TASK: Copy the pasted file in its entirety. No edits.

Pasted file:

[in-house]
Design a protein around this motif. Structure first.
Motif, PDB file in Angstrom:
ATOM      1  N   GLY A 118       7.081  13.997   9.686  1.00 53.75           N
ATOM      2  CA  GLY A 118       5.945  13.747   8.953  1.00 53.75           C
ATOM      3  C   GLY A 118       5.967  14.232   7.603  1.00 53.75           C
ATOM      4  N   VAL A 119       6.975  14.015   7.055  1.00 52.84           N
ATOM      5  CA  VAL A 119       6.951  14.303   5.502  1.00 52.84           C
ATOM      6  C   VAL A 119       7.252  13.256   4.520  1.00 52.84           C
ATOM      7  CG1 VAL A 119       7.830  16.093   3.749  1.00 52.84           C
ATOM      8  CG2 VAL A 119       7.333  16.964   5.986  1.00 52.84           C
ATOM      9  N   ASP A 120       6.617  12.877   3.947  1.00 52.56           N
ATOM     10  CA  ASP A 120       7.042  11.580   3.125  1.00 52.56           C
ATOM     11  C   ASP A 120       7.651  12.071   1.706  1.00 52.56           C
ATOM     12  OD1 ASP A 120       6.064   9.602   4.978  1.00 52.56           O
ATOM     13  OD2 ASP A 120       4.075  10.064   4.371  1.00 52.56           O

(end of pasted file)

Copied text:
[in-house]
Design a protein around this motif. Structure first.
Motif, PDB file in Angstrom:
ATOM      1  N   GLY A 118       7.081  13.997   9.686  1.00 53.75           N
ATOM      2  CA  GLY A 118       5.945  13.747   8.953  1.00 53.75           C
ATOM      3  C   GLY A 118       5.967  14.232   7.603  1.00 53.75           C
ATOM      4  N   VAL A 119       6.975  14.015   7.055  1.00 52.84           N
ATOM      5  CA  VAL A 119       6.951  14.303   5.502  1.00 52.84           C
ATOM      6  C   VAL A 119       7.252  13.256   4.520  1.00 52.84           C
ATOM      7  CG1 VAL A 119       7.830  16.093   3.749  1.00 52.84           C
ATOM      8  CG2 VAL A 119       7.333  16.964   5.986  1.00 52.84           C
ATOM      9  N   ASP A 120       6.617  12.877   3.947  1.00 52.56           N
ATOM     10  CA  ASP A 120       7.042  11.580   3.125  1.00 52.56           C
ATOM     11  C   ASP A 120       7.651  12.071   1.706  1.00 52.56           C
ATOM     12  OD1 ASP A 120       6.064   9.602   4.978  1.00 52.56           O
ATOM     13  OD2 ASP A 120       4.075  10.064   4.371  1.00 52.56           O